I’m a huge fan of the original FLCL (as is most everyone who’s watched it), and when a sequel series was announced, my first reaction was that I didn’t think it was a good idea. I still tried to keep hope alive that it would be good — and the fact that the original creators are back was a good sign — but I’m just shocked at how much I disliked the first episode. I’m going to watch the second episode when it’s out, just to make sure, but wow, I was bored to tears with what I saw in episode 1. I even rewatched the original series last year, and still loved it, so it’s not a case of me not being into this series/world anymore.
The Legend of the Galactic Heroes: Die Neue These
I didn’t really know what to expect with this series, but figured I’d check it out because I liked the idea of galactic battles as a setting (I don’t feel like we get a lot of series like that anymore), and that it’s produced by Production I.G. I’ve watched the first 2 episodes, and I’m really digging it so far. It really is all about the space battles and the tactics used, and the first episode ends on a great cliffhanger. I’m pleasantly surprised by this.
Lupin III: Part V
I love Lupin, and have watched a lot of his series and movies, and so was pretty happy when I saw they were launching a new series this season. I’ve watched the first 2 episodes, and so far it’s really fun. It’s an interestingly modern setup (people are following Lupin — and getting in his way — through social media), and yet it feels like classic Lupin. I’m pretty sure I’ll be enjoying the rest of this.
Despite the name, this is actually an Ashita no Joe series set in the future, in celebration of the series’ 50th anniversary. I’ve never read or watched anything that has to do with Ashita no Joe, but the description sounded interesting — a world where cybernetically-enhanced boxing matches take place — and I liked the first episode. The world looks very Akira-esque (if not of that quality), and this is probably the way to get me to watch a sports-themed series (I don’t tend to like watching sports-related anime).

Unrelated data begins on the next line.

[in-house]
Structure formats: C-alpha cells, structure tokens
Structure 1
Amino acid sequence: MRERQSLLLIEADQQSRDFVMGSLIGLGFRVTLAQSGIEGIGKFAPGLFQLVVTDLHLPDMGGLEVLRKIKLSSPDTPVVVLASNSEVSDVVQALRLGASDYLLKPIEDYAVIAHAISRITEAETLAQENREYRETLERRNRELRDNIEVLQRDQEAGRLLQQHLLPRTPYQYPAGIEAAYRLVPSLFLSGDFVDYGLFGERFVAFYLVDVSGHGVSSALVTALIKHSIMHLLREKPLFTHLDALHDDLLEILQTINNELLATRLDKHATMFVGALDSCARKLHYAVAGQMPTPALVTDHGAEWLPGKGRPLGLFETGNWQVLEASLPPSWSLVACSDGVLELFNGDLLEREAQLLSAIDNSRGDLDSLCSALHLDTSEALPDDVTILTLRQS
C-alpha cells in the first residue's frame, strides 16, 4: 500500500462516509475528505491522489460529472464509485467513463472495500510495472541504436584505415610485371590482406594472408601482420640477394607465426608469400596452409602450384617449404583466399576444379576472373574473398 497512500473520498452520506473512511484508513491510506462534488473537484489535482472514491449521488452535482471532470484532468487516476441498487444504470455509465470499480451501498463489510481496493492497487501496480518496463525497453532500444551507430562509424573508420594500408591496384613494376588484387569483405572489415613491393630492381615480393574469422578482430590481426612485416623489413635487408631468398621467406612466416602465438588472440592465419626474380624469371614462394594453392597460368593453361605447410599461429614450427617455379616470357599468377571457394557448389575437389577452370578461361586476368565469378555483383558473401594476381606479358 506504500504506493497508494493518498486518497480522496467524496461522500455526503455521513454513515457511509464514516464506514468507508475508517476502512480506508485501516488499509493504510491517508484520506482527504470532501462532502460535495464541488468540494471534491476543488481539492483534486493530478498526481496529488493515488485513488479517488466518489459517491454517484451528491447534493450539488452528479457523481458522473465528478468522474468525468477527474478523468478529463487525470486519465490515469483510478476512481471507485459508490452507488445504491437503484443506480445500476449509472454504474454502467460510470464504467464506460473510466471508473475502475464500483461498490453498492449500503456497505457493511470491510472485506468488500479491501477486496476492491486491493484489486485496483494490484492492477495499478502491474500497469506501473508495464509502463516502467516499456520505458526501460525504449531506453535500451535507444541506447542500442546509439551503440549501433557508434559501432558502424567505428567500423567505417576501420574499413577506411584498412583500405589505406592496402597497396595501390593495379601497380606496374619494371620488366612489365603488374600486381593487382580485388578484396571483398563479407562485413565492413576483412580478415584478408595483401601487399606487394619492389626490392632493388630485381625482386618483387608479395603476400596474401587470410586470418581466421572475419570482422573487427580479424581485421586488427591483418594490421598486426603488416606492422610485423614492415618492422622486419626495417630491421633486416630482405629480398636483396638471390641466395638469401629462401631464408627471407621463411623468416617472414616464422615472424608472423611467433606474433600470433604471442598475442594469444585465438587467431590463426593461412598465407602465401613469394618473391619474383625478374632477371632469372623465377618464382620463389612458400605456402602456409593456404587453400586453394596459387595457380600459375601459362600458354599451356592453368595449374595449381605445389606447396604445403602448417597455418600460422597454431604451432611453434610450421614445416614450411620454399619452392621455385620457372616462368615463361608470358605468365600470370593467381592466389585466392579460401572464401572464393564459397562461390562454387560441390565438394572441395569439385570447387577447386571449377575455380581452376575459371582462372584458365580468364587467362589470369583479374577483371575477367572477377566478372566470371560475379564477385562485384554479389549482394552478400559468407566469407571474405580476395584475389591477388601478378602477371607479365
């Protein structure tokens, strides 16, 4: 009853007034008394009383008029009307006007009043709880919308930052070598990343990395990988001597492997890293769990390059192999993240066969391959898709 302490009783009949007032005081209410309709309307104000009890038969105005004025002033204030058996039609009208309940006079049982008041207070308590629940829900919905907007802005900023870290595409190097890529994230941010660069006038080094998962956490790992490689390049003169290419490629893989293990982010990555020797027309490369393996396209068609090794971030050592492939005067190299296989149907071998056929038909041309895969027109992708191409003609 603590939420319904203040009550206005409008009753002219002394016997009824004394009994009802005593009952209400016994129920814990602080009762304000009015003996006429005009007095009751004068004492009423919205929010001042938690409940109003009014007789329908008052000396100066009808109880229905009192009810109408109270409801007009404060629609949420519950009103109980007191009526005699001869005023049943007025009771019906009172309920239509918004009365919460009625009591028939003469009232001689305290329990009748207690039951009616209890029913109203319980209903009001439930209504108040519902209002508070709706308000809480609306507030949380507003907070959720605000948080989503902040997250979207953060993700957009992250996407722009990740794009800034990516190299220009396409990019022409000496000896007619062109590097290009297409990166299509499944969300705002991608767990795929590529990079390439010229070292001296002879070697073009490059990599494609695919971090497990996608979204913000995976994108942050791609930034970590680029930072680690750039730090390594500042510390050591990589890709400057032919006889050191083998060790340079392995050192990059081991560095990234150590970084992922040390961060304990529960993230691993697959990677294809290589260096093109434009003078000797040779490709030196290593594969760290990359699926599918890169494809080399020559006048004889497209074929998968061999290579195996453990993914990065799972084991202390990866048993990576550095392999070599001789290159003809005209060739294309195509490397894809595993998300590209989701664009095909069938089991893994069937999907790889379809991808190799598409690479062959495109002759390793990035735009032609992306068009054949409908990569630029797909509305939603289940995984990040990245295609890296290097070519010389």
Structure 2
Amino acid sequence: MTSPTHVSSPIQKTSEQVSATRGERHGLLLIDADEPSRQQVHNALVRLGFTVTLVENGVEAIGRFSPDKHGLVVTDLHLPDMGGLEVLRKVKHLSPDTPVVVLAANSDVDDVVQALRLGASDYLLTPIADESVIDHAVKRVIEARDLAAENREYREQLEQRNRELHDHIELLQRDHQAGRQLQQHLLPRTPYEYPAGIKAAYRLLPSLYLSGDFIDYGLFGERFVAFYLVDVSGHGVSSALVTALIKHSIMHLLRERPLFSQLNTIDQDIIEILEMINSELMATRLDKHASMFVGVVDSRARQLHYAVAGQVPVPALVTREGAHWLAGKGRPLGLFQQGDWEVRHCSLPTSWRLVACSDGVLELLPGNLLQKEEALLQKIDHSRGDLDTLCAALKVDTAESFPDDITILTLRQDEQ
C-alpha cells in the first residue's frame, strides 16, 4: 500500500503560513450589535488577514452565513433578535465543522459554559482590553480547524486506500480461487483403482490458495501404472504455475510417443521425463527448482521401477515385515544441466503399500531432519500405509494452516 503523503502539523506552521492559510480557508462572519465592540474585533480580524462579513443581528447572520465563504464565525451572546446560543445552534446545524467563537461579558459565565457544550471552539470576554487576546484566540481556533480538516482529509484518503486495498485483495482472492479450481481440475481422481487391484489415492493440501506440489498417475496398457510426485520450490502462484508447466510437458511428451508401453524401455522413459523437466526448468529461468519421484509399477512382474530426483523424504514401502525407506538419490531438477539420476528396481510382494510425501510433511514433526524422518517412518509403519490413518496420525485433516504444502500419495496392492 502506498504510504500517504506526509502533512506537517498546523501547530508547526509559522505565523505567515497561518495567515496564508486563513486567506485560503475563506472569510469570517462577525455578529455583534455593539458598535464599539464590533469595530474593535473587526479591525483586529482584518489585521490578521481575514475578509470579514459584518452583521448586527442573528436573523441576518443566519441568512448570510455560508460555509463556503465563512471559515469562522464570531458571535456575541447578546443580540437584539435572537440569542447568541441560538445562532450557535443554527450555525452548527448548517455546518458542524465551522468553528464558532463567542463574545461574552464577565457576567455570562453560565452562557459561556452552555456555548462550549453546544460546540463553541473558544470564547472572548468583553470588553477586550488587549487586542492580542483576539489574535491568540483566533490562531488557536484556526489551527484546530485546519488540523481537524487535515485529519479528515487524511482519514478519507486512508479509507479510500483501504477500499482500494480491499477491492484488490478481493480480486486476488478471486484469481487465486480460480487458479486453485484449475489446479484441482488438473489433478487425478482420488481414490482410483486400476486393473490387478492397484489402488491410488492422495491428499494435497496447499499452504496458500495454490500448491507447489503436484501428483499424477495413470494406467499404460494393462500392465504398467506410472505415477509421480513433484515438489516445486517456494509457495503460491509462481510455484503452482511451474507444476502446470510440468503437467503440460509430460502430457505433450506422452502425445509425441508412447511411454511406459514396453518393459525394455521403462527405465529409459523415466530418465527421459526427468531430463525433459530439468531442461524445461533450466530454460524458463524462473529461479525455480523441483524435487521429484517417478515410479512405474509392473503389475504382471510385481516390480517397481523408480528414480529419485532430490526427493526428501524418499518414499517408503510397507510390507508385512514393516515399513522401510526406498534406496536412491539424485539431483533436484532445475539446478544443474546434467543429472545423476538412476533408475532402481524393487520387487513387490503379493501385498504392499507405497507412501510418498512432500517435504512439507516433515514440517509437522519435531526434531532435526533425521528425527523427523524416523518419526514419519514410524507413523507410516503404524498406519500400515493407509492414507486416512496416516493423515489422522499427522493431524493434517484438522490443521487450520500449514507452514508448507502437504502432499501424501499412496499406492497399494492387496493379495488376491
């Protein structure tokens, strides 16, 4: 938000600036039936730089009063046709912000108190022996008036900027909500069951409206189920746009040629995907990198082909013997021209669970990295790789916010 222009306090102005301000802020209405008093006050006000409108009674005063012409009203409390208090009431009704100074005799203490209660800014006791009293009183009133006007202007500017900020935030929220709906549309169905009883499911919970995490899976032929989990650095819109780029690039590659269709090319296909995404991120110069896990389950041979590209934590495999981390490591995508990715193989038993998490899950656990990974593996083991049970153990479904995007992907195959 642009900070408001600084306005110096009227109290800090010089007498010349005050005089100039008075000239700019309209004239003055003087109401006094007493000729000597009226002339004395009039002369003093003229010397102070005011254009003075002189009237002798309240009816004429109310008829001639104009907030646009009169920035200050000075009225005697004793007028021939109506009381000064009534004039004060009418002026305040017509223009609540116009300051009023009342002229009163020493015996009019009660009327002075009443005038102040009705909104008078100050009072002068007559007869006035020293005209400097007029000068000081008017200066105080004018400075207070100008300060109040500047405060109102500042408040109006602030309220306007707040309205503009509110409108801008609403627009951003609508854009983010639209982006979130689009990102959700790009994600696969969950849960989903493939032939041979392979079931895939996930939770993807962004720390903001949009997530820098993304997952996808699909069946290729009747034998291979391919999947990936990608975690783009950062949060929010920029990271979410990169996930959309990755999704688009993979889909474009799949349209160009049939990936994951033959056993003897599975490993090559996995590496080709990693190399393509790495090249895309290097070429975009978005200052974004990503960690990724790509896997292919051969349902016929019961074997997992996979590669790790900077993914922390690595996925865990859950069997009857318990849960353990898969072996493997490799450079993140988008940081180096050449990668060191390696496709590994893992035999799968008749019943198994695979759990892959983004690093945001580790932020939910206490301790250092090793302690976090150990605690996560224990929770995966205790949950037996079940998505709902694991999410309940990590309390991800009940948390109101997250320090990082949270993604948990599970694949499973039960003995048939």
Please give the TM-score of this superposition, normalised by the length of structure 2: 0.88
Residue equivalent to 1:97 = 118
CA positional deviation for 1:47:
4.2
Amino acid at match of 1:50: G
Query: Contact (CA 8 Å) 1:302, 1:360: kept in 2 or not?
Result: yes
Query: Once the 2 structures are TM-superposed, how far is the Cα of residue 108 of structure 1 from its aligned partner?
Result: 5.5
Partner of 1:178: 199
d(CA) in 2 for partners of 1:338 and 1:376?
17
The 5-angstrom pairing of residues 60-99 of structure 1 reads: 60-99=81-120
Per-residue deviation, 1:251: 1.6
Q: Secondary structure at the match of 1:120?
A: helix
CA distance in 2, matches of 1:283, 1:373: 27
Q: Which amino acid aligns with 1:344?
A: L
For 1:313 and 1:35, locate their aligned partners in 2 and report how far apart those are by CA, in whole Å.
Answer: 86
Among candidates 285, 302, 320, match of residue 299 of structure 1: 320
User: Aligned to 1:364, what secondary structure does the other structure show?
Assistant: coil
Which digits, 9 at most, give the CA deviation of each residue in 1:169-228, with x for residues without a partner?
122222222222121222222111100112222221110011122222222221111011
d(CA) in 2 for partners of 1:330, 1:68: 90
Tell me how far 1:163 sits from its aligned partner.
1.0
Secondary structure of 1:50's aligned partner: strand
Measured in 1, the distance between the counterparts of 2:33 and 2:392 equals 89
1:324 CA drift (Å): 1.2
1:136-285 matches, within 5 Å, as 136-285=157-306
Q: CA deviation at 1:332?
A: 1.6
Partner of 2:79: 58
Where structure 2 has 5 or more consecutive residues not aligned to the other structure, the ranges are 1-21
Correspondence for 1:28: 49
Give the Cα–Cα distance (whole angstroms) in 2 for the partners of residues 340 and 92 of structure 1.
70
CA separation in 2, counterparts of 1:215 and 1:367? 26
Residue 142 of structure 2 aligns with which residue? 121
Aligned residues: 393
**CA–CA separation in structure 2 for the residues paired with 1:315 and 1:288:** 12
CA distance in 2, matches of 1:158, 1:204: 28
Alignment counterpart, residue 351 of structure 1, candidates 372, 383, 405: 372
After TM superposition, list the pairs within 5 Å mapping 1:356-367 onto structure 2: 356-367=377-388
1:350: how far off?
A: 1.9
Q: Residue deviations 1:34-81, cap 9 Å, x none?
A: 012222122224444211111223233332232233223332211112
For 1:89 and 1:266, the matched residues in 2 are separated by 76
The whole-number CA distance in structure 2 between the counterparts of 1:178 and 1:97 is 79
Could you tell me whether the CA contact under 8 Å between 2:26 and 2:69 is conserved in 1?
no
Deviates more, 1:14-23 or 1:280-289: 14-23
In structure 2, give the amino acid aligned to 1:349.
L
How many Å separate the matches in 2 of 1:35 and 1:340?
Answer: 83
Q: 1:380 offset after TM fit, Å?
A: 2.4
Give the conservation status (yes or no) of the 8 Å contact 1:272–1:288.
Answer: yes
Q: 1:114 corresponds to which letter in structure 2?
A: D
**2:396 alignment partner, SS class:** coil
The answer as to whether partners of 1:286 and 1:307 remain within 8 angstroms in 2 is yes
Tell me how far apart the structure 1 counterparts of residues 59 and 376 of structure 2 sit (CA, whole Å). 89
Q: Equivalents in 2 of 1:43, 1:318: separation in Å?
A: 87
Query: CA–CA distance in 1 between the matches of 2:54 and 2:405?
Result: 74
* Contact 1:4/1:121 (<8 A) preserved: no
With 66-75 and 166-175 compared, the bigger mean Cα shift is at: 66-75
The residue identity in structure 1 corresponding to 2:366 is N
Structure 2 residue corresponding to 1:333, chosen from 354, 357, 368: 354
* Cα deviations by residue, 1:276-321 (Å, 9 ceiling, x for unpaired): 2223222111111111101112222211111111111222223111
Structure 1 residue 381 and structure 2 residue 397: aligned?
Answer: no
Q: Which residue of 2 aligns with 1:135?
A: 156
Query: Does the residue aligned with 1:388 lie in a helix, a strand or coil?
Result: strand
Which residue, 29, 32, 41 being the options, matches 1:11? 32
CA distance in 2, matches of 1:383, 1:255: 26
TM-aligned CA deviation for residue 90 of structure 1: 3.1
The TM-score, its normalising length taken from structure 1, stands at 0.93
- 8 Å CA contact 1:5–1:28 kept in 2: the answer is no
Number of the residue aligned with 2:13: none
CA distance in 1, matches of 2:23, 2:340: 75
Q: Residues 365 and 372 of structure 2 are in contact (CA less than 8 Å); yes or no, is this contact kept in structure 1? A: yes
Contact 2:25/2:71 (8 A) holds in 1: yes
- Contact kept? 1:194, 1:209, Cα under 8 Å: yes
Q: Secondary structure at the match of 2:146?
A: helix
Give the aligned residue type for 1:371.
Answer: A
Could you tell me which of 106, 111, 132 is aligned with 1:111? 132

Fist of the Blue Sky
This is a prequel series to First of the North Star. I know the basic setup of First of the North Star — and I can’t wait to play the game by the developers of the Yakuza series — but I’ve never read or watched any. I thought the first episode was pretty neat — its CG cel-shaded, like Knights of Sidonia and Ajin, and produced by that same studio — and it’s funny to see these ridiculously muscled-up characters interacting with crazy kung-fu-inspired moves. But by the second episode I was already growing bored with the story — and lack of action — and so I’m not especially excited to continue watching it. I might give it another episode.
Well, my latest movie marathon, for the year 1987, definitely took the longest (starting in October of last year) — not because of the quality of the films, but probably more because I burned out a bit on watching so many 80s movies last year, and needed to take a break. When I kicked off 1987 and made up my list of potential movies to watch, it was actually looking like I could end up watching 40 or 50 movies. I decided to cap it at 30 because I wanted to move on, leaving a lot unwatched, like A Better Tomorrow II, Angel Heart, Dirty Dancing, Fatal Attraction, Hamburger Hill, La Bamba, hell, even Princess Bride! But as with the other years I’ve revisited (1967, 1977, 1985, 1986), I had a good time doing a deep dive into a year’s movie output. What’s next? Since it’s 2018, I now plan on revisiting movies that go back decades, and so I’ll kick it off with a marathon of films from 1968.
Below are all 30 films from 1987 that I watched (in alphabetical order), with links to my thoughts on each — or you can just click on the “1987” tag.
- A Nightmare on Elm Street 3: Dream Warriors
- Beverly Hills Cop II
- City on Fire
- Creepshow 2
- Empire of the Sun
- Evil Dead II
- Full Metal Jacket
- Good Morning, Vietnam
- Jaws: The Revenge
- Less Than Zero
- Lethal Weapon
- No Way Out
- Planes, Trains and Automobiles
- Police Academy 4: Citizens on Patrole
- Prince of Darkness
- Revenge of the Nerds II: Nerds in Paradise
- Some Kind of Wonderful
- The Hidden
- The Last Emperor
- The Lost Boys
- The Monster Squad
- The Pick-up Artist
- The Running Man
- The Untouchables
- Wall Street
I’ve now worked at Ubisoft Montréal for just over two years — my first day on the job was February 15, 2016, which is an easy date to remember since it was exactly a year before the release of the game I was hired to work on, For Honor (which released on the heart-filled February 14, 2017).